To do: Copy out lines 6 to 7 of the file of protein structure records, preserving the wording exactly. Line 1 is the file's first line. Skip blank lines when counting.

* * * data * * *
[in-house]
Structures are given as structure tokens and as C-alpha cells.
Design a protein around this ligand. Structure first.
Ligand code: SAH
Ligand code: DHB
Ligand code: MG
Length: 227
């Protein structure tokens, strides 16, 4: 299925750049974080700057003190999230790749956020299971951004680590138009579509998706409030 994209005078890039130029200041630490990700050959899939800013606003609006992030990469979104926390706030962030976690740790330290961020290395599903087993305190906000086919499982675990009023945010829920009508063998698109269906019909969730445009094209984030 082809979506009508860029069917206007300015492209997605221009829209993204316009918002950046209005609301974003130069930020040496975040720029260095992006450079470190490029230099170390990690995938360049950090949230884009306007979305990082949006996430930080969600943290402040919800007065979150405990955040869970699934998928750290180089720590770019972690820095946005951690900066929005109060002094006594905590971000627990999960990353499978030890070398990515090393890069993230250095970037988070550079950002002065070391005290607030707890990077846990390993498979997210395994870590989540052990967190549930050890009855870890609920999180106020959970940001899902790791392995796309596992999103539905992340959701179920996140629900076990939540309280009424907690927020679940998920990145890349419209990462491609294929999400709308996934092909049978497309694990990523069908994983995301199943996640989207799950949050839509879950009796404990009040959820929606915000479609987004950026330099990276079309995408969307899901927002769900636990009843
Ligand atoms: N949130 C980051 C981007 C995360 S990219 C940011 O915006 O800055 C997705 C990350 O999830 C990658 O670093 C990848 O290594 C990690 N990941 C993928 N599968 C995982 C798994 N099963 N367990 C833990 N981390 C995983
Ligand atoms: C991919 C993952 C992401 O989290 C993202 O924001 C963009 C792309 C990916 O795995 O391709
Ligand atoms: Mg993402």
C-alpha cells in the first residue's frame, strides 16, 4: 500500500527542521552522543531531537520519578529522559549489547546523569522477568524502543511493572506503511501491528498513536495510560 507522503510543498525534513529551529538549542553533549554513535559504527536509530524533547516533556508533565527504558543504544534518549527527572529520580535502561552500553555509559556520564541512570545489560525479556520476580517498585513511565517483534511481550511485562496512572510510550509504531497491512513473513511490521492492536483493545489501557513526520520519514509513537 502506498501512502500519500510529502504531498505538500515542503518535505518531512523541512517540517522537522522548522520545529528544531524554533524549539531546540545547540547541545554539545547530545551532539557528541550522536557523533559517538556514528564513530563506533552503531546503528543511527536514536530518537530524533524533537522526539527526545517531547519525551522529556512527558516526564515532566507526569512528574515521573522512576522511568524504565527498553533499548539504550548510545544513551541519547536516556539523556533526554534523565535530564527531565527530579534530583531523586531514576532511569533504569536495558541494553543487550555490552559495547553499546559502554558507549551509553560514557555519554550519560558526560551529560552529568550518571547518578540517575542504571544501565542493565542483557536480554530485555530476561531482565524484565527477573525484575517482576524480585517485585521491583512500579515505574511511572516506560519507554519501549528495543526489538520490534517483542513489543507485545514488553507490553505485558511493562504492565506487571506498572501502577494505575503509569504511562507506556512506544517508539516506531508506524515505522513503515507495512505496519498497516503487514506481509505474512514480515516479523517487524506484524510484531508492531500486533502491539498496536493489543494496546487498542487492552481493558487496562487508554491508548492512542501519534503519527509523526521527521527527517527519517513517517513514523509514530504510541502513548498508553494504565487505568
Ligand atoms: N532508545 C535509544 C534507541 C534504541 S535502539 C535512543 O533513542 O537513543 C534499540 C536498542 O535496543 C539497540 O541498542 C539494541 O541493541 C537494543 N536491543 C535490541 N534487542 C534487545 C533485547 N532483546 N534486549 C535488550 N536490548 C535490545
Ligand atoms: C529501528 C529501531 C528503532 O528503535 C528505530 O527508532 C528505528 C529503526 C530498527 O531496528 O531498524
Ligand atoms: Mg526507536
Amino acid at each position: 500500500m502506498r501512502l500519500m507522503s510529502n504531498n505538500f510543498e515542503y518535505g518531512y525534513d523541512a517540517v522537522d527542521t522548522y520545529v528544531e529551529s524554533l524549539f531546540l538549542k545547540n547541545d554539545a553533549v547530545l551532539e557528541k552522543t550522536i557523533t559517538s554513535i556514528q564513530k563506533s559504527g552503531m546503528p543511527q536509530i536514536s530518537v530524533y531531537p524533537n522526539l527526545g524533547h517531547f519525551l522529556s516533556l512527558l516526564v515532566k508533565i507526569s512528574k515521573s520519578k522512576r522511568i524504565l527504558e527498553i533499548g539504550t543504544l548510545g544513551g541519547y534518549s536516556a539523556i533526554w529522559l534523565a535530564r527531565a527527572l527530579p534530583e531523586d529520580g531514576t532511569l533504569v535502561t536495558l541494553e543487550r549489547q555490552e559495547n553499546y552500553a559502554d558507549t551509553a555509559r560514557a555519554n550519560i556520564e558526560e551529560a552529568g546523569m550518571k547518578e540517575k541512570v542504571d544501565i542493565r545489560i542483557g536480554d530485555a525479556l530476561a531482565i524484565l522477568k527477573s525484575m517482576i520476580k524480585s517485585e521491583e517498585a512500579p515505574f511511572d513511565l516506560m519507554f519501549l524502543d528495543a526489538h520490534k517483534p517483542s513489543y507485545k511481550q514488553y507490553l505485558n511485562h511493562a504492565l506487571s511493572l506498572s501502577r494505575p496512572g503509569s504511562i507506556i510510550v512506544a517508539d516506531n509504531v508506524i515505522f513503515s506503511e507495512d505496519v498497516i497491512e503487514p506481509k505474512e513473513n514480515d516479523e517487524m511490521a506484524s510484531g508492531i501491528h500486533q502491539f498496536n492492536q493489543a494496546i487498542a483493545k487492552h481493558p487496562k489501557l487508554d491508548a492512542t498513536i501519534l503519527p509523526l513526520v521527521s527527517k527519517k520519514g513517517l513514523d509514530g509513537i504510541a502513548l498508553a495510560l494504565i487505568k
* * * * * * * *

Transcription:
Ligand code: MG
Length: 227